The other guy will say:

“But I want that big, huge Marshall sound, that I just can’t get out of my Behringer practice amp. I need a Marshall. And that Gibson Les Paul just sounds and plays better than my $200 out-of-tune piece of crap guitar. I need it to be able to get that Guns and Roses sound and play solos like Slash. So gear DOES matter.”

So which one is right?

I have been playing guitar since 1992 (I was 16 then).

When I started spending money on gear, it was in the pre-internet and pre-youtube era.
There was no real way of knowing how something sounded, or to compare things, except for in a music store, and we all know how that goes. It’s very difficult to judge sound quality in a music store, and comparing different pieces of equipment is quite hard.

My main source of information were reviews (and pictures) in magazines like Guitar World and Guitar Player and what other guys around me were using (who usually were often as clueless as me).

I ended up spending money on a $2500 Custom 22 Royal Blue PRS. Main reasons? It had very good reviews, it looked amazing, and it was expensive, Linkin Park played on it, so it had to be good right? It sure had to be better than my $300 Ibanez I had at the time.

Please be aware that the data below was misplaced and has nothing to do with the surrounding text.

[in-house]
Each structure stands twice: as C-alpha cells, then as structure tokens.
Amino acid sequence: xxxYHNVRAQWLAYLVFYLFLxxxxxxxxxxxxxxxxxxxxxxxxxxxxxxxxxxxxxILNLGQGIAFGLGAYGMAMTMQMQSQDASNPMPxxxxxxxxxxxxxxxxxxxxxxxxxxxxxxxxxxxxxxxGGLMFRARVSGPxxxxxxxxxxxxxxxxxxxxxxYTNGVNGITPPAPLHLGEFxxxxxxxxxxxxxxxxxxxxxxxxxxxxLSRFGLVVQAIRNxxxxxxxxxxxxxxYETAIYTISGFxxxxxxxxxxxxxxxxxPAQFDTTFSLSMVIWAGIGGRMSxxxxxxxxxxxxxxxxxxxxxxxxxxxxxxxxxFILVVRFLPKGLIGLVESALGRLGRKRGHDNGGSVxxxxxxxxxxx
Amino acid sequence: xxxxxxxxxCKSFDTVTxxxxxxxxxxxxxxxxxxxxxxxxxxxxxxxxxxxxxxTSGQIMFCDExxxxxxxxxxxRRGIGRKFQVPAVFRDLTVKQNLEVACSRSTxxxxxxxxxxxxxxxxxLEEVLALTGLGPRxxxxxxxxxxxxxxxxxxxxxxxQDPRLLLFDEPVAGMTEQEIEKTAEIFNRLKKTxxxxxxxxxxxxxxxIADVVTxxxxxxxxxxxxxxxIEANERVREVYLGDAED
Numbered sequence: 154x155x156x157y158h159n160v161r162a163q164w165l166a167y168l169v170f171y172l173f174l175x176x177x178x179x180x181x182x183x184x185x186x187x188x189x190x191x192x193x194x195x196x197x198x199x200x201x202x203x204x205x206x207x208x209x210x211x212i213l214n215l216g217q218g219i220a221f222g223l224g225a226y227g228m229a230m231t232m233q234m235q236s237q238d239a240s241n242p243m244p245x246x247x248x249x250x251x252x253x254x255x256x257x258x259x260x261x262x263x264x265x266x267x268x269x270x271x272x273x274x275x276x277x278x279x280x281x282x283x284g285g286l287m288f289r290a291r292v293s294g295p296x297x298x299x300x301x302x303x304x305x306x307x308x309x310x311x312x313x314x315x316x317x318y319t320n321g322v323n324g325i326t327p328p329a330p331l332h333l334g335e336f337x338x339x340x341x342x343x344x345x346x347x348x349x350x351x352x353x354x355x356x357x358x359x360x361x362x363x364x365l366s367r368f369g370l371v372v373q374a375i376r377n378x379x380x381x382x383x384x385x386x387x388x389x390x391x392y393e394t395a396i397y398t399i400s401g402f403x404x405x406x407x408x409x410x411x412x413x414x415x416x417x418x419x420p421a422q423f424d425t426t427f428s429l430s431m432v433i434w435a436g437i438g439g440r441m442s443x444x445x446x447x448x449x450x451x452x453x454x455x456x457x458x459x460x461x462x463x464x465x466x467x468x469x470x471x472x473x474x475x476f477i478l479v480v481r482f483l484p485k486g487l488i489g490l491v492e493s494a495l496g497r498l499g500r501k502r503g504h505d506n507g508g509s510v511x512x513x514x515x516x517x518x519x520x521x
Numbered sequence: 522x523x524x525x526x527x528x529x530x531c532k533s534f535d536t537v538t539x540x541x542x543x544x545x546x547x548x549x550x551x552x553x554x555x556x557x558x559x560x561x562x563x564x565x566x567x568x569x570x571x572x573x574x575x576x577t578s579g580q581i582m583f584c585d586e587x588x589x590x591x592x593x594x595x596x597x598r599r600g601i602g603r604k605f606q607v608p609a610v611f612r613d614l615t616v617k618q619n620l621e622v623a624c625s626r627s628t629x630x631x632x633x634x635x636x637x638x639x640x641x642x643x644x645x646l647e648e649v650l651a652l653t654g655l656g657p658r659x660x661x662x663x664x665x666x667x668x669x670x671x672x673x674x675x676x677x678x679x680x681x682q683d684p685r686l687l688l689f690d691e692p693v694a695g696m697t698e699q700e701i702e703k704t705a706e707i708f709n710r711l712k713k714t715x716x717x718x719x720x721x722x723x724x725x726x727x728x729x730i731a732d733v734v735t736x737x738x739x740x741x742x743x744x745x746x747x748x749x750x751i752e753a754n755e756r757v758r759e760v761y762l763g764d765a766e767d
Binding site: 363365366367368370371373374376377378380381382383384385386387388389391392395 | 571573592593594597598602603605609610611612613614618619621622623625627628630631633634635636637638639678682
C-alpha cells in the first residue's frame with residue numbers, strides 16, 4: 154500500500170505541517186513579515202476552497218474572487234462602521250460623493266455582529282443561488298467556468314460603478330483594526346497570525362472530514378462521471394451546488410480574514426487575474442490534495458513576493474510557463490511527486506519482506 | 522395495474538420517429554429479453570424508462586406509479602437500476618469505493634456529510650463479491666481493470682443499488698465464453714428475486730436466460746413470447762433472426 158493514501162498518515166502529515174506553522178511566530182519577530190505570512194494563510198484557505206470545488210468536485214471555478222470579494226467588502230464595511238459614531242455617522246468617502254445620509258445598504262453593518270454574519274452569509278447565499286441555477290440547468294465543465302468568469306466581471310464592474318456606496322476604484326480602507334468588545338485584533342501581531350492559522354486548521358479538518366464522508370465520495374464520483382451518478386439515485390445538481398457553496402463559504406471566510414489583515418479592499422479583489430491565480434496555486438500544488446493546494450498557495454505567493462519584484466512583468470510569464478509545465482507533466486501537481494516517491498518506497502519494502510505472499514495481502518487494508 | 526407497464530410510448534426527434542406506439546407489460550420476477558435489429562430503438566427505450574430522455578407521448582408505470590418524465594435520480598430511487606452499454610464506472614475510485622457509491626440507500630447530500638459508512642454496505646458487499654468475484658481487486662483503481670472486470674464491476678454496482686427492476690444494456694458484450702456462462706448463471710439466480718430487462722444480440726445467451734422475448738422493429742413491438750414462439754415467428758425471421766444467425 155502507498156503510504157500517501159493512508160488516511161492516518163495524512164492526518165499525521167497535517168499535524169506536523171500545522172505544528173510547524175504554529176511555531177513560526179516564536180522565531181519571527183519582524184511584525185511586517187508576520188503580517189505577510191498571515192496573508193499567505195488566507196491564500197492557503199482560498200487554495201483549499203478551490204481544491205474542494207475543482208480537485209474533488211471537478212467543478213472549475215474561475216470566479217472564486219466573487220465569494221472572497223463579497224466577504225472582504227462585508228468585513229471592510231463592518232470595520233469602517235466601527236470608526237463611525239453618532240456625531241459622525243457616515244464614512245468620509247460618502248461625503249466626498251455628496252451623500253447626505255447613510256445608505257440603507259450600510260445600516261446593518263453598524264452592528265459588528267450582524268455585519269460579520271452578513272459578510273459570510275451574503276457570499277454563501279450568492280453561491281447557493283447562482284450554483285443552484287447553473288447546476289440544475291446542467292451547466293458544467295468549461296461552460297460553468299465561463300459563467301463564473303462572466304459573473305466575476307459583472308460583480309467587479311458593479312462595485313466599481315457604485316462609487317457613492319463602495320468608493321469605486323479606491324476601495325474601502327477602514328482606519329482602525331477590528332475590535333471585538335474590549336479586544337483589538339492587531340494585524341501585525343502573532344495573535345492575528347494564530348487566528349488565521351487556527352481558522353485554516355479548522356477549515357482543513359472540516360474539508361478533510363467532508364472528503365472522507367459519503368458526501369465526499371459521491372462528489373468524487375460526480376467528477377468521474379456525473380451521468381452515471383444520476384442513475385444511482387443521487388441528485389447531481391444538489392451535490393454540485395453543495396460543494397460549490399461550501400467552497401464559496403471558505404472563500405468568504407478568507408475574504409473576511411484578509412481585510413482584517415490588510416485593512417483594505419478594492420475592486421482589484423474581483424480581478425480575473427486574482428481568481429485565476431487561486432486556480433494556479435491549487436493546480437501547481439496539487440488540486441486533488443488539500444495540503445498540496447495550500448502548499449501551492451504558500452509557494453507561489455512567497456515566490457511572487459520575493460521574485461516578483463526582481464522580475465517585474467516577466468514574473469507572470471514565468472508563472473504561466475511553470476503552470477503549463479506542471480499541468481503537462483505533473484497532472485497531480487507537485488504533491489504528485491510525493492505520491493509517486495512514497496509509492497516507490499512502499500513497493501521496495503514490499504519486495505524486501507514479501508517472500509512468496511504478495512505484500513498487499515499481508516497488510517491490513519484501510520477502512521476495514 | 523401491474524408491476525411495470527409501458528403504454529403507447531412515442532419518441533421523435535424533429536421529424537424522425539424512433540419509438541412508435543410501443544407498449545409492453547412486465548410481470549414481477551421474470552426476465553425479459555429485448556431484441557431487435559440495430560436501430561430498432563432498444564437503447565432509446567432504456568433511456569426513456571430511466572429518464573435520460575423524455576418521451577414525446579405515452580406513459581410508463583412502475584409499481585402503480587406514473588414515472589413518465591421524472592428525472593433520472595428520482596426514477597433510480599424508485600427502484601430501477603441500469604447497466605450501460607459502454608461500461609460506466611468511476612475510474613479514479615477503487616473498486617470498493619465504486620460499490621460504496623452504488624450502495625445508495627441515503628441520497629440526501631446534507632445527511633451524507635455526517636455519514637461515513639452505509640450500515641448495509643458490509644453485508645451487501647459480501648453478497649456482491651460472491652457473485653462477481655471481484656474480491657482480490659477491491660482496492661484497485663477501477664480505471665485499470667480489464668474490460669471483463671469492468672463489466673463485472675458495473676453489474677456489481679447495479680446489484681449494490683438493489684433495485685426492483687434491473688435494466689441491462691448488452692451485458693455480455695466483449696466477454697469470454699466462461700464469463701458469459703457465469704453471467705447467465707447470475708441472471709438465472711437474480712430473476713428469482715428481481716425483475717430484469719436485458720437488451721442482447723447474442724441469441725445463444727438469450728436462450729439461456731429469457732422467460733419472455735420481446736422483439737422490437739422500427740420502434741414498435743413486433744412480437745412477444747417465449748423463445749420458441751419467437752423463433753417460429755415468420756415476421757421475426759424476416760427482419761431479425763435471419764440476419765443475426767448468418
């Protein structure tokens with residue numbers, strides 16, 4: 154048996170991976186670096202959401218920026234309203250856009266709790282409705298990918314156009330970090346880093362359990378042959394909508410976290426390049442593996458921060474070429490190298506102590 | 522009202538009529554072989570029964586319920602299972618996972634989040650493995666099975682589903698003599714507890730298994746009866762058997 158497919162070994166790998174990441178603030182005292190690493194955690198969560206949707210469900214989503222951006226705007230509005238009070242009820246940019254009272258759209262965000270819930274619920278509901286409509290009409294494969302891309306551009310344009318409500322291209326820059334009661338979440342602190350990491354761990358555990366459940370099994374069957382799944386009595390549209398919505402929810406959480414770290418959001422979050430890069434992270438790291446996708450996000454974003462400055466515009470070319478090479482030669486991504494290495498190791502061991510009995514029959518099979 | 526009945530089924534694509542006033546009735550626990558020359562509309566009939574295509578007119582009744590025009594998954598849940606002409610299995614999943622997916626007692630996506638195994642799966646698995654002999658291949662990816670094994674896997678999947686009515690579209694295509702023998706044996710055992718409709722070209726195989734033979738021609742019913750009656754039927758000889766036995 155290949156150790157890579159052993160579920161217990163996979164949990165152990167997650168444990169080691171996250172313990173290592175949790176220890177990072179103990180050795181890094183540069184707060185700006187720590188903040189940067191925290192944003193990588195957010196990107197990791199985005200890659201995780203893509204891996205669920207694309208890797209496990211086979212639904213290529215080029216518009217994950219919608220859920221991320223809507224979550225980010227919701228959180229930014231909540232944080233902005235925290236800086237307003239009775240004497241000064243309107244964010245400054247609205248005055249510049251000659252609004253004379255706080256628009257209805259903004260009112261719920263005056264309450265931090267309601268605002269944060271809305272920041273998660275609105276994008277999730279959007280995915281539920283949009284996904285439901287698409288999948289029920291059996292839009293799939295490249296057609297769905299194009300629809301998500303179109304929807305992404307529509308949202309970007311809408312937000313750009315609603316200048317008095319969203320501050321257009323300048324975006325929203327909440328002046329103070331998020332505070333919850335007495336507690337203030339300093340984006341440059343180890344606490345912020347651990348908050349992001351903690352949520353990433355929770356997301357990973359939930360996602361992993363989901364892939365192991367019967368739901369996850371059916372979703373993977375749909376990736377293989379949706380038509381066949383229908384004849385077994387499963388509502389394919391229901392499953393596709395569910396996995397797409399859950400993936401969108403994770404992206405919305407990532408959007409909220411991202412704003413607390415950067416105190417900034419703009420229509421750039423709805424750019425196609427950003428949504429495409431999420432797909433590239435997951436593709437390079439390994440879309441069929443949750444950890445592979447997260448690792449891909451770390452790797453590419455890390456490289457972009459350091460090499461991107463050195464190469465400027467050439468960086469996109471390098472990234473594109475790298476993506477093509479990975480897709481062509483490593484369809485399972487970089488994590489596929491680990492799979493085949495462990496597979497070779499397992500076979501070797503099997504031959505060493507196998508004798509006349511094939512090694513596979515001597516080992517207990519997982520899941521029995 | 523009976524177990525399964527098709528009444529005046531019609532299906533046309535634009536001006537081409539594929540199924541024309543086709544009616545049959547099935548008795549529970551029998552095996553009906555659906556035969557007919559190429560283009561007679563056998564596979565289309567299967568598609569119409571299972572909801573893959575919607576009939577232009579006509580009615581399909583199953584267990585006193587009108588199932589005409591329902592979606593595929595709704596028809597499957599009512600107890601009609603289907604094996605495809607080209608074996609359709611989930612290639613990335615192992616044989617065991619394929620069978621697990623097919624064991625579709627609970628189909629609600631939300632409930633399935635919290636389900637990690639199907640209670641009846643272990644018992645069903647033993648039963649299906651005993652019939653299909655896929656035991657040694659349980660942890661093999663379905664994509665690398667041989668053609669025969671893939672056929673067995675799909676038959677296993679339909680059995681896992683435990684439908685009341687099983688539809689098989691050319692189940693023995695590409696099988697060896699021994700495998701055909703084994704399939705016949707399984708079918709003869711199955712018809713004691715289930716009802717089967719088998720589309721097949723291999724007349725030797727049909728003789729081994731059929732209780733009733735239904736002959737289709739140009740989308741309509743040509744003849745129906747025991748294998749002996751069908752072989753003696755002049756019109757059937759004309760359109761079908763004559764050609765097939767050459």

I later discovered that the wraparound bridge it had gave me intonation problems I couldn’t fix, that I hate the feel of lacquered necks and that I could just as well have bought a Les Paul or top of the line Epiphone that would give me more or less the same sound, or stick to my $300 Ibanez and buy a better amp.

If I knew then, what I know now, I would have spend that $2500 more wisely and end up with much more value for money with a better playing experience.

So one lesson learned is: better gear doesn’t mean that it has to be expensive, often the opposite is true. Now with Youtube I have bought guitars online that I hadn’t even played or heard in real life, and they sound EXACTLY like on the videos, they are cheap and I’m super happy with them. This was impossible before internet.

Now, for the million dollar question: do you need better gear to be a better player?

My opinion is this:

You have to find the bottleneck in what is holding you back in your quest to becoming a better player and musician.

More often than players want to admit, it is actually their technical and musical ability that is holding them back. In that way, the “it’s all in the hands”-statement is true.

If you give the Steve Vai signature guitar and amp to Vai and also to an aspiring player that has been playing for 1.5 years and ask them to play, of course Vai will sound better in every way and the beginner will sound mediocre at best, even though he is playing through the same gear as Vai.

Having said that, it IS possible that gear actually is the bottleneck that is holding you back.